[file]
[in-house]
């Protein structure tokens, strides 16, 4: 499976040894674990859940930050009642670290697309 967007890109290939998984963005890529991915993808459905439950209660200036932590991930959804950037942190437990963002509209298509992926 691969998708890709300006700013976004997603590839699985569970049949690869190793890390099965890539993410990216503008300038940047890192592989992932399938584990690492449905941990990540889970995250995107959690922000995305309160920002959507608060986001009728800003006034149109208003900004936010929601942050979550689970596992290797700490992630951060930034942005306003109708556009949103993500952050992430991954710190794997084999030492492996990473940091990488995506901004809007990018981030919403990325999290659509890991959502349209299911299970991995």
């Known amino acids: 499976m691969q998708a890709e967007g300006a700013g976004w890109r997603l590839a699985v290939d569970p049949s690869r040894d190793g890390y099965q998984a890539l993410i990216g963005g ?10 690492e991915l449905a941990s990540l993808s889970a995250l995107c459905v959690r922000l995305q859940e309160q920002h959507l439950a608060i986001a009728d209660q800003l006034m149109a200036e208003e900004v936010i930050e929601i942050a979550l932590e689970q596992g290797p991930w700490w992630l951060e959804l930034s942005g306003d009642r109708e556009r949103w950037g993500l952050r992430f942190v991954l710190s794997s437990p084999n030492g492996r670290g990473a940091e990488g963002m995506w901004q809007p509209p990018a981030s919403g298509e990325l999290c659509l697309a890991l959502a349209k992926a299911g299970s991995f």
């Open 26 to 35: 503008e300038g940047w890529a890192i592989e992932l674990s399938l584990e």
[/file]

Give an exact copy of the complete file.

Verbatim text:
[in-house]
């Protein structure tokens, strides 16, 4: 499976040894674990859940930050009642670290697309 967007890109290939998984963005890529991915993808459905439950209660200036932590991930959804950037942190437990963002509209298509992926 691969998708890709300006700013976004997603590839699985569970049949690869190793890390099965890539993410990216503008300038940047890192592989992932399938584990690492449905941990990540889970995250995107959690922000995305309160920002959507608060986001009728800003006034149109208003900004936010929601942050979550689970596992290797700490992630951060930034942005306003109708556009949103993500952050992430991954710190794997084999030492492996990473940091990488995506901004809007990018981030919403990325999290659509890991959502349209299911299970991995």
């Known amino acids: 499976m691969q998708a890709e967007g300006a700013g976004w890109r997603l590839a699985v290939d569970p049949s690869r040894d190793g890390y099965q998984a890539l993410i990216g963005g ?10 690492e991915l449905a941990s990540l993808s889970a995250l995107c459905v959690r922000l995305q859940e309160q920002h959507l439950a608060i986001a009728d209660q800003l006034m149109a200036e208003e900004v936010i930050e929601i942050a979550l932590e689970q596992g290797p991930w700490w992630l951060e959804l930034s942005g306003d009642r109708e556009r949103w950037g993500l952050r992430f942190v991954l710190s794997s437990p084999n030492g492996r670290g990473a940091e990488g963002m995506w901004q809007p509209p990018a981030s919403g298509e990325l999290c659509l697309a890991l959502a349209k992926a299911g299970s991995f």
């Open 26 to 35: 503008e300038g940047w890529a890192i592989e992932l674990s399938l584990e």